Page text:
Equal Times – Demonstrations in Romania: symptoms of a deeper malaise

Romania is again in crisis. For the last few weeks, for the second time this year, there have been demonstrations in towns and cities around the country.  On Sunday evenings, responding to the call of several groups formed through social media, the streets of Bucharest, Iasi, Cluj-Napoca and Timisoara are flooded with hundreds of people venting their exasperation at the Social Democratic Party (PSD), which has been in power since 2012, says Equal Times.


On Sunday 26 November, trade unions linked to civil society organisations issued a joint call for a protest against judicial and fiscal reforms. Some 30,000 people answered the call in Romania’s capital city, while about 20,000 mobilised in other cities around the country.

The movement is by no means as big as the one that shook the country last January and February, but essentially their complaint is the same: the weakening of the anti-corruption drive.

The Romanian parliament is again trying to pass a series of laws aimed at reducing the independence of magistrates, which would undermine their effectiveness and above all that of the Anti-Corruption Directorate (DNA).

Since its creation in 2002, this institution has been carrying out a veritable “clean-up” of the political class – and anti-corruption was one of the prerequisites of Romania’s membership of the European Union.

No political office, and no political party, has been spared. The case of Liviu Dragnea, president of the PSD and the country’s most powerful man, speaks volumes: two years ago he was given a two-year suspended sentence for electoral fraud.

He is currently on trial again, over fictitious jobs; and on 13 November he appeared for a hearing before the DNA which seized property from him for a total value of €27.3 million, in a fraud case involving European funds.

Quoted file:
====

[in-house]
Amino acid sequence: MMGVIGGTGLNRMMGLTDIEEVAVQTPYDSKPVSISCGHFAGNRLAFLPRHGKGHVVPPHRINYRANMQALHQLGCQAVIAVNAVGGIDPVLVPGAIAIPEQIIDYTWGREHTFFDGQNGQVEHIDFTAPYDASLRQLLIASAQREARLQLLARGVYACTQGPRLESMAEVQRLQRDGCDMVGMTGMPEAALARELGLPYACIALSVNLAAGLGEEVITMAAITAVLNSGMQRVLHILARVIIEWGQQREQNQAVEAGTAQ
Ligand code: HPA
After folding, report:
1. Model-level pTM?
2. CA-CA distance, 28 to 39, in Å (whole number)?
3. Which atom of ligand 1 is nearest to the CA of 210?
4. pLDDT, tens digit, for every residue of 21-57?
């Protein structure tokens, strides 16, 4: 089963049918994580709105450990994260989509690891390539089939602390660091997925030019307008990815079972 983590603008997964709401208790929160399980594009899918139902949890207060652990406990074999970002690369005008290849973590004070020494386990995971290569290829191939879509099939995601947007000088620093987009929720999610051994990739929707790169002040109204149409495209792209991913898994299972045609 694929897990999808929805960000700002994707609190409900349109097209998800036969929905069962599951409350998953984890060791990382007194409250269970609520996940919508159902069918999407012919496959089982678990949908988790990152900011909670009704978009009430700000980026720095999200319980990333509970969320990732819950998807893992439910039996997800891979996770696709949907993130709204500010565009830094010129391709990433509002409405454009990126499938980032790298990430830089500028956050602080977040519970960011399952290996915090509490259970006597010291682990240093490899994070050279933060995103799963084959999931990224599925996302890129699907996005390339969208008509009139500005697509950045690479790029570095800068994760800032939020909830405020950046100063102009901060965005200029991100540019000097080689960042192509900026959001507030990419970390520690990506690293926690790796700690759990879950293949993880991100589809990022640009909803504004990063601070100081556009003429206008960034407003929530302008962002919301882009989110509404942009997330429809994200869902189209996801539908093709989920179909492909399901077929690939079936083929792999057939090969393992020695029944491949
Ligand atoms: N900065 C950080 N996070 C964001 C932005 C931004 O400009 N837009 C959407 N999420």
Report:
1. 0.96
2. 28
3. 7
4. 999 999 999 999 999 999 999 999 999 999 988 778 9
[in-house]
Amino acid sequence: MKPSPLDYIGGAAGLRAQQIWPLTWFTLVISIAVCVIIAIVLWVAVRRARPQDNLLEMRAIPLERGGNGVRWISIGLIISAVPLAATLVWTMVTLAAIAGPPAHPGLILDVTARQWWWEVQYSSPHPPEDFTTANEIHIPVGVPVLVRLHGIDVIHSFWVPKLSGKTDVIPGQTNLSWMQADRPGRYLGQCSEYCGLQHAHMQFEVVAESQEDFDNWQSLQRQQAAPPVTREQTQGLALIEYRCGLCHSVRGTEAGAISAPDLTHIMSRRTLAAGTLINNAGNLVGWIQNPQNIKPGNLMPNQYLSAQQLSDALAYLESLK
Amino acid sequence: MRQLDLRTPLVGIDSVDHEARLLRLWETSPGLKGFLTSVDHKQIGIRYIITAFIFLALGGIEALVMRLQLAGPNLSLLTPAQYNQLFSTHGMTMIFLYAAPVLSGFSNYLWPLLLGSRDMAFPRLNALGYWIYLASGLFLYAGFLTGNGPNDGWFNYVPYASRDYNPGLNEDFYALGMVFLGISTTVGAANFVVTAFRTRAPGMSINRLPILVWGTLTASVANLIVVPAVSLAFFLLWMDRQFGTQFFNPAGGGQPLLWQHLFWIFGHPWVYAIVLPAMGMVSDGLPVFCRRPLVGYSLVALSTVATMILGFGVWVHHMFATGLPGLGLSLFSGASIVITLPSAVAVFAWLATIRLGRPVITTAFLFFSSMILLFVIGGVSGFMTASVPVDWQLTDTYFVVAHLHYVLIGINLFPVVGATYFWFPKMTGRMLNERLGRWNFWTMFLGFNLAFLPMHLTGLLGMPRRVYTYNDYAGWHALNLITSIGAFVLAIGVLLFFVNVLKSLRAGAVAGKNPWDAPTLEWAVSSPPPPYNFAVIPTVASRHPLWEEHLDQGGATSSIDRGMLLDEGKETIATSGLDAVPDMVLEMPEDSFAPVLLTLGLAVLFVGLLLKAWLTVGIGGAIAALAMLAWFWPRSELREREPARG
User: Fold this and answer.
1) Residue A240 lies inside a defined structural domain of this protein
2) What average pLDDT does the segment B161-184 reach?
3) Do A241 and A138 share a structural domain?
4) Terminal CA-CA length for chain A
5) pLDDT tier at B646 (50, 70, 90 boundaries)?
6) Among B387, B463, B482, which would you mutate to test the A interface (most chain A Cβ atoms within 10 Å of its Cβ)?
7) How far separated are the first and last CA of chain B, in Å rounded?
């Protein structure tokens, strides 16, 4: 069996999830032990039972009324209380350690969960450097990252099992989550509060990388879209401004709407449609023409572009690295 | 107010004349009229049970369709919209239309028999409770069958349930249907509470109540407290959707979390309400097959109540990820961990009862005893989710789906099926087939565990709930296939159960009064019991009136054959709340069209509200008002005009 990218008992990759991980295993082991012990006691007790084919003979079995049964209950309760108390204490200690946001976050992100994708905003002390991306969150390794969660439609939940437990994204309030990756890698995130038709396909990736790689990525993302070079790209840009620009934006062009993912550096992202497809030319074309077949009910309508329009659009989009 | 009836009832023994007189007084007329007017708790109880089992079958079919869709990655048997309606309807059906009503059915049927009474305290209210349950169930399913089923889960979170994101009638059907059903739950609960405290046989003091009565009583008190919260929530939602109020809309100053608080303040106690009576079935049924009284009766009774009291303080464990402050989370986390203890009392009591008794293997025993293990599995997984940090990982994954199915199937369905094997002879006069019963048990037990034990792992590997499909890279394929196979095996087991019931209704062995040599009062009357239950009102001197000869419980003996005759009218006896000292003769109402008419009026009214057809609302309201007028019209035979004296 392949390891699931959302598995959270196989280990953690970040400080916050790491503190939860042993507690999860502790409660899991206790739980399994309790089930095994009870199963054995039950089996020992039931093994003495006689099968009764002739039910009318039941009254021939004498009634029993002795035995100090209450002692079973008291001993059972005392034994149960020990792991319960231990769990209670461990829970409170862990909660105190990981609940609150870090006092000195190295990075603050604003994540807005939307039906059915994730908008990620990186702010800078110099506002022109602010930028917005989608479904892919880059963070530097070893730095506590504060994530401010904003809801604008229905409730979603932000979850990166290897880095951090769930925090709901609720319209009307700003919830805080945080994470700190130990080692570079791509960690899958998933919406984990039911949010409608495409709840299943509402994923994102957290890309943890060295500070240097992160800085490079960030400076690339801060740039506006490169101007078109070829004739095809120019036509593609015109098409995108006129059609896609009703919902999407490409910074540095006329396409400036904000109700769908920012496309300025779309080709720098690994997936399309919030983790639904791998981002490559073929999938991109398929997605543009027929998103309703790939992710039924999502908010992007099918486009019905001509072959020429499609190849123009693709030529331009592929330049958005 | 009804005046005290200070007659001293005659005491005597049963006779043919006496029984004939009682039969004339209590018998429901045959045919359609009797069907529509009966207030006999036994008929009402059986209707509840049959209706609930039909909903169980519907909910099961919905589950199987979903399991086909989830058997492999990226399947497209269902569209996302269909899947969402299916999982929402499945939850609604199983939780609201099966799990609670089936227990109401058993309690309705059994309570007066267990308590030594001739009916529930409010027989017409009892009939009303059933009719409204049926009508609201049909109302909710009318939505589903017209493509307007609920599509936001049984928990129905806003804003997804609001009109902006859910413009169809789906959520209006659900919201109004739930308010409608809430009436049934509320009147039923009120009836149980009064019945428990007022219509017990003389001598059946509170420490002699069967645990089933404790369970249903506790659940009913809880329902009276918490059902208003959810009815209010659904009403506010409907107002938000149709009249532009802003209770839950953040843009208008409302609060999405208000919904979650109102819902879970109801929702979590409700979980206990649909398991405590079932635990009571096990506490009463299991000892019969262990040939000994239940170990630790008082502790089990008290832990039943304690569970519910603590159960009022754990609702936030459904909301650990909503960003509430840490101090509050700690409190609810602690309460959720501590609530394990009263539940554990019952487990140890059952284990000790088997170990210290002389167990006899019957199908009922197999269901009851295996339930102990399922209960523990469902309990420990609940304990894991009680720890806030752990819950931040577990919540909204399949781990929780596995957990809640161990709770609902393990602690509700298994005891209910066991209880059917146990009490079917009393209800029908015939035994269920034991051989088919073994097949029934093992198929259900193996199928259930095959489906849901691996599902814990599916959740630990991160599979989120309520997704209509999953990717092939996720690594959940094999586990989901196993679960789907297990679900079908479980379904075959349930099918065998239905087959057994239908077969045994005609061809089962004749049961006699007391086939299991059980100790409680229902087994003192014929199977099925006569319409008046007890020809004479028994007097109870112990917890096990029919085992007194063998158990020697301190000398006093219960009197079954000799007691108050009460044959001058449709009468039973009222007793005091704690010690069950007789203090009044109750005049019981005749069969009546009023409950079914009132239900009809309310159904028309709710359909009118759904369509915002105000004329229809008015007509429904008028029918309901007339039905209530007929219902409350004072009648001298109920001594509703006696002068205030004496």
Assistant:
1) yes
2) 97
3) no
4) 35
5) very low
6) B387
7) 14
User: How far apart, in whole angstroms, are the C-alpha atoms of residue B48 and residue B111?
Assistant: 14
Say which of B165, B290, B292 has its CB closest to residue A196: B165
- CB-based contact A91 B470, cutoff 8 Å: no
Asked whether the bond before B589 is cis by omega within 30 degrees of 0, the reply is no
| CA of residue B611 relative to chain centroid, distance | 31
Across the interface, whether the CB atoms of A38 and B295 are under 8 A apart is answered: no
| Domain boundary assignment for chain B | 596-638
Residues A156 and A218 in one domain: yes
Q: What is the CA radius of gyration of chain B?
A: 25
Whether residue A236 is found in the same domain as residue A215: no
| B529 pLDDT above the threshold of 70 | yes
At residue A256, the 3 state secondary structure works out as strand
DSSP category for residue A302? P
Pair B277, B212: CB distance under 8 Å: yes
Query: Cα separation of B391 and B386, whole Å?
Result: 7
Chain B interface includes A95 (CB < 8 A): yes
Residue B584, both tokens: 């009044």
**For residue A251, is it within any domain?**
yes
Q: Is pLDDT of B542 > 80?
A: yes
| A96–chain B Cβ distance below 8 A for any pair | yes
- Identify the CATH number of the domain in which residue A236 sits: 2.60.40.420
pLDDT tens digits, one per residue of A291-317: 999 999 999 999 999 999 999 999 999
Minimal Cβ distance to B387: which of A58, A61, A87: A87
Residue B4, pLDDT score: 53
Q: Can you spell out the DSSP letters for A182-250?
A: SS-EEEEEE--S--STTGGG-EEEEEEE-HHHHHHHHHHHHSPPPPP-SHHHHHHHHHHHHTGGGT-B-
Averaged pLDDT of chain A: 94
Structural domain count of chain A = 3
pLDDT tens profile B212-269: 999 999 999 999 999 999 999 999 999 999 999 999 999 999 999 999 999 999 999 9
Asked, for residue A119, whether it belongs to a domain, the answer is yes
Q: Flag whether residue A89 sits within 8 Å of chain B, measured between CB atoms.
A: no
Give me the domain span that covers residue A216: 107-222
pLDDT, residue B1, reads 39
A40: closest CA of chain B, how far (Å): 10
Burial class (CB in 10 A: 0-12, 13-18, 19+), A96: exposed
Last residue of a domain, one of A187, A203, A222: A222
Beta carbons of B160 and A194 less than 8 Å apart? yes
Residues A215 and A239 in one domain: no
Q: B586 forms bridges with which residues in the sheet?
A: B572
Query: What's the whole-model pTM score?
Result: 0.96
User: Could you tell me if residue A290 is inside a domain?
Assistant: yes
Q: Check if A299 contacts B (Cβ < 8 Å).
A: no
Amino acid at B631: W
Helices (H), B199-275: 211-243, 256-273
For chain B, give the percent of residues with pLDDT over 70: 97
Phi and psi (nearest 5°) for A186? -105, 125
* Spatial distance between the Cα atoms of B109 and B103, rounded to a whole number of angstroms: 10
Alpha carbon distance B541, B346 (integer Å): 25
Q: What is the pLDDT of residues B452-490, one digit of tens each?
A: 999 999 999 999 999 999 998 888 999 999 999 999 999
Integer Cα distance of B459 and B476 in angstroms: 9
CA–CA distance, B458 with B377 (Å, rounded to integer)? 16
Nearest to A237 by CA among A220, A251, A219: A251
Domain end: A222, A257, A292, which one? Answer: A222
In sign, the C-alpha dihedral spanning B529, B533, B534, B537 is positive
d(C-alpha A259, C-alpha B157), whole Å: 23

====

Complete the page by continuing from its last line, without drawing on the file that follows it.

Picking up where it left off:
Anti-corruption drive: the red line that must not be crossed

In Romania, a country where inequality is flagrant, where one person in five lives below the poverty line, where one-third of employees are paid the minimum wage, attacks on the anti-corruption drive are too much to bear.

“After the fall of communism, some politicians and business leaders became rich overnight through the dubious privatisation of public industries. But then one day, they found themselves in court and going to prison, and had their money confiscated,” says Mircea Mare, a 30-year-old web developer involved in the civil society movements.

“We don’t want to see justice moving backwards, when it has at last become effective,” says Mircea, who has been out on the streets of Cluj-Napoca several times to protest against the decisions of parliament.

And there has been plenty to protest about in recent years: first there was the “Black Tuesday of the anti-corruption drive” when members of parliament took the country by surprise on 10 December 2013 by voting in favour of their own “super immunity”; then on 30 October 2015 a deadly fire broke out in a Bucharest nightclub called Colectiv, killing 65 people.

This disaster revealed “a system that mixed incompetence with shady deals and negligence” and provoked huge demonstrations, leading to the fall of the PSD government, although it returned to power just a few months later.

Finally, Decree 13, adopted on 31 January 2017, foresaw changes to the penal code in favour of politicians sentenced on corruption charges. The Romanian people were enraged, and 600,000 people came out onto the streets. It was the biggest protest movement the country had seen since the end of communism.


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